Investigations have been initiated by the Broad-Based Black Economic Empowerment (BBBEE) Commission against 17 firms for possible fronting practices.
Any of the entities found to be in violation of the BBBEE Act in terms of ownership structures and noncompliance with the Codes of Good Practice in respect of the verification process will be provided 30 days to respond to any adverse findings before the commission makes its findings final.
While the BBBEE Commission has notified the companies of the impending investigations, further details, merits and processes of the investigations will not be made public until the commission publishes its final findings.
The BBBEE Commission pointed out that it was allowed to initiate an investigation on its own initiative and this often happened as a result of a tip-off.
The commission is investigating several different aspects of the companies in terms of their compliance with or violation of the BBBEE Act, including certain BBBEE transactions; schemes; trusts; ownership and management control requirements; BBBEE certificates’ validity; and tenders issued to noncompliant companies.
The companies the commission aimed to probe included MTN Group; Nokia Solutions and Networks South Africa; Netcare; State-owned Eskom; Dust-a-Side, Dust-a-Side Holdings and Dust-a-Side Partnership; Net Value Holdings; WorleyParsons RSA; South African Social Security Agency; Tempest Fire; Forklift Parts World; and Altius Trading 40.
Meanwhile, the commission will explore the activities of some verification agencies, including BEE Matrix and Marissimo BEE Professional Verification and Services, the conduct of which, along with a “professional in question”, will be explored for compliance with the BBBEE Act following numerous letters of advice to the entity.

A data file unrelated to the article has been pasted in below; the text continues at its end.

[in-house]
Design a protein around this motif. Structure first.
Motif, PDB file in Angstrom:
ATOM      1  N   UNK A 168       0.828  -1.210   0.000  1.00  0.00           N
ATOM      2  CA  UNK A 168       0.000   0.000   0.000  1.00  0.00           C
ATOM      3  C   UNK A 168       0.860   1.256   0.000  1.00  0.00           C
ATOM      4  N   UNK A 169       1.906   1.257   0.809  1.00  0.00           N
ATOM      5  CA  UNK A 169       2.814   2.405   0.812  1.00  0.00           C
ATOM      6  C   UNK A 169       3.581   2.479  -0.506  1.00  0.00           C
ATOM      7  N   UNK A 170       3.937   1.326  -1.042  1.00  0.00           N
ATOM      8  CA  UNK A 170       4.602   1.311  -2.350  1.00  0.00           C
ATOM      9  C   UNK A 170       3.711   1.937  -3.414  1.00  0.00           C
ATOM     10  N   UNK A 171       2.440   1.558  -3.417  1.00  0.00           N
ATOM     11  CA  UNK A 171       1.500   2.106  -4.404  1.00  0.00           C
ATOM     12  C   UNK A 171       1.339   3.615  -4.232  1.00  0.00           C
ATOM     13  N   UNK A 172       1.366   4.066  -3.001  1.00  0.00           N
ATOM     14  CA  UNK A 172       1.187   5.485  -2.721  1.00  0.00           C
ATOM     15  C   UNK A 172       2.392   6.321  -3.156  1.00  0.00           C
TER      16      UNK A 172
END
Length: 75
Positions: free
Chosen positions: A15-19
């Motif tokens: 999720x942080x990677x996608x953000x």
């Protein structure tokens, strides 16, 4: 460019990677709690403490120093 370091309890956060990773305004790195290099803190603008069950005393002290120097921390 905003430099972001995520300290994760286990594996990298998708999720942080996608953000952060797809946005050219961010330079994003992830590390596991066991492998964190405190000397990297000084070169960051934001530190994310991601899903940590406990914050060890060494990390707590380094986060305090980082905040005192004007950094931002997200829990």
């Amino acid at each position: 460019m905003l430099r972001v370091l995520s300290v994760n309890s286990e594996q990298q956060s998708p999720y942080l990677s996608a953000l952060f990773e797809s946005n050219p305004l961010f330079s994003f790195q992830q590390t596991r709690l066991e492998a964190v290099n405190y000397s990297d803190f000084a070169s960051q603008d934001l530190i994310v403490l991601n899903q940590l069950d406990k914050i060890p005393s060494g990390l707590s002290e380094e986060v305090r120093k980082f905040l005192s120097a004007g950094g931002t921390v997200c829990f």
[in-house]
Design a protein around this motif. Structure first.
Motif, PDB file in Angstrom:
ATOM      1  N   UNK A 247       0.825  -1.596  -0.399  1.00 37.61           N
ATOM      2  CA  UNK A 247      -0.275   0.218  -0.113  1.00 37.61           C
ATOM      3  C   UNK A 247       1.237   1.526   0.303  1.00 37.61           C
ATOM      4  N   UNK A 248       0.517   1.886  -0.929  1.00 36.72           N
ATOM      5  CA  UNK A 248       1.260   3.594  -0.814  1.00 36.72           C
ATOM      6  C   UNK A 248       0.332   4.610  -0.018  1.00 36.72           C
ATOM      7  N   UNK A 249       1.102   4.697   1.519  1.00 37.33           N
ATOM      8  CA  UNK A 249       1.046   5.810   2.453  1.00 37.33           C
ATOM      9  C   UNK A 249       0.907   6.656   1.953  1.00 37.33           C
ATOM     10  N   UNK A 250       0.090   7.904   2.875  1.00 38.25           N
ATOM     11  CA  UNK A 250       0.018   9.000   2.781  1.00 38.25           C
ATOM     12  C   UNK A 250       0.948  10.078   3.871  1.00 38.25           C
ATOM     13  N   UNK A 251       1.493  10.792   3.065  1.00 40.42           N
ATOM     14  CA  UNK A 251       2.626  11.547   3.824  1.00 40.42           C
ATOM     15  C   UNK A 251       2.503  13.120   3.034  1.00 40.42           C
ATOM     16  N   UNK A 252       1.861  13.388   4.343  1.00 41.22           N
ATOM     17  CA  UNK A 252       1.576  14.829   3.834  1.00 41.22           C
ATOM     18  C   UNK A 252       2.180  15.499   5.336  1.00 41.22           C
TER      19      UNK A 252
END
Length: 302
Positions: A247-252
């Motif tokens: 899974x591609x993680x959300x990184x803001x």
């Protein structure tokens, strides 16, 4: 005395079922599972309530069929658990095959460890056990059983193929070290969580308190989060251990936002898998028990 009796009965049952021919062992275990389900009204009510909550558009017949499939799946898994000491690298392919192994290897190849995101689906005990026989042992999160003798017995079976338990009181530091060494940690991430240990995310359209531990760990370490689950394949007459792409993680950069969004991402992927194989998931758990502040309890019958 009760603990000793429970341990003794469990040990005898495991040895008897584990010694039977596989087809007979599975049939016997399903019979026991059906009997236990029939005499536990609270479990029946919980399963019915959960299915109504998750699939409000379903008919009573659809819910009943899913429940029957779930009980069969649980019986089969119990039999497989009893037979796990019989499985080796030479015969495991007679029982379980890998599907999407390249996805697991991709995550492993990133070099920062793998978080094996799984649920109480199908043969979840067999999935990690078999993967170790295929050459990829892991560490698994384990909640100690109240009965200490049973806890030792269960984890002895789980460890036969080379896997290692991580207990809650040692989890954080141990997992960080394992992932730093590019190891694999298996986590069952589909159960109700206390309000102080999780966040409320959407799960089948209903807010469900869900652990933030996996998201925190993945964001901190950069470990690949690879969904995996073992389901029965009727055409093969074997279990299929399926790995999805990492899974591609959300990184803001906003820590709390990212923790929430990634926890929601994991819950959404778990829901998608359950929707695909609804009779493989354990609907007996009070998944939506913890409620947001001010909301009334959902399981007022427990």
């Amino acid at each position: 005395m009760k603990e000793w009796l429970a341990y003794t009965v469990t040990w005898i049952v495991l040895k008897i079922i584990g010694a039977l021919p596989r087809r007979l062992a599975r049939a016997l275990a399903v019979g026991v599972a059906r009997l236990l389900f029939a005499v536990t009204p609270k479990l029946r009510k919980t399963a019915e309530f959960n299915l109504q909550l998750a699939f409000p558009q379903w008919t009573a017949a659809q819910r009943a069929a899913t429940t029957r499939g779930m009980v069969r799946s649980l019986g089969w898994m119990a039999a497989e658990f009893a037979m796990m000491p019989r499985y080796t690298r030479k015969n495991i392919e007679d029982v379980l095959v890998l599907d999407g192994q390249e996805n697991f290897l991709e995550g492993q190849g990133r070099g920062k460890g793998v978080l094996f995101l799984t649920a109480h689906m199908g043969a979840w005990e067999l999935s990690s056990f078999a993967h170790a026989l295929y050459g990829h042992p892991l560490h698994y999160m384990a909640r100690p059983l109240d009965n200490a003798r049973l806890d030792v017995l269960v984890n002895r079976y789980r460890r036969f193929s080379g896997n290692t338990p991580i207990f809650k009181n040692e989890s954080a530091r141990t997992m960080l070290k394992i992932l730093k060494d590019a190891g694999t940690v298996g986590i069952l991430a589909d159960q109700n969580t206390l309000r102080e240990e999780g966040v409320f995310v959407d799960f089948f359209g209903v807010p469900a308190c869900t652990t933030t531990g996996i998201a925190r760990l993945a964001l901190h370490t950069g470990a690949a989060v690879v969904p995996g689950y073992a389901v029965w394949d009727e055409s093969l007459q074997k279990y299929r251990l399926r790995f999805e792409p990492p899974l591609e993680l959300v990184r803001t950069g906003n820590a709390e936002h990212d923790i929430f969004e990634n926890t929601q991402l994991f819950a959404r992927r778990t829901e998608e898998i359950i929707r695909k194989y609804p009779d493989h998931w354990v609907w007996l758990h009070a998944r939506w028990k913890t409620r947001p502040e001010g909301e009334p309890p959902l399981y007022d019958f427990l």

The commission will also investigate National Empowerment Rating Agency, Empowerlogic, Premier Verification and AQRate Verification Agency to determine whether the black ownership structure of the verification agencies complies with the black ownership requirements and whether their conduct follows the procedures required of a verification agency and verification professionals in line with the BBBEE Act.
“If found to have violated the BBBEE Act, the entities may be referred for prosecution and exposed to a fine of up to 10% of the entity’s yearly turnover and the individuals involved can be fined or imprisoned for up to ten years,” the commission said.
In addition, any firm in violation could be excluded, for up to ten years, from doing business with government, with any current contracts cancelled.
“The BBBEE Commission may also approach a court of law to restrain any breach or for any appropriate remedial relief, which may include setting aside the transaction or initiative,” it said, adding that it could also pursue an alternative dispute resolution, if appropriate.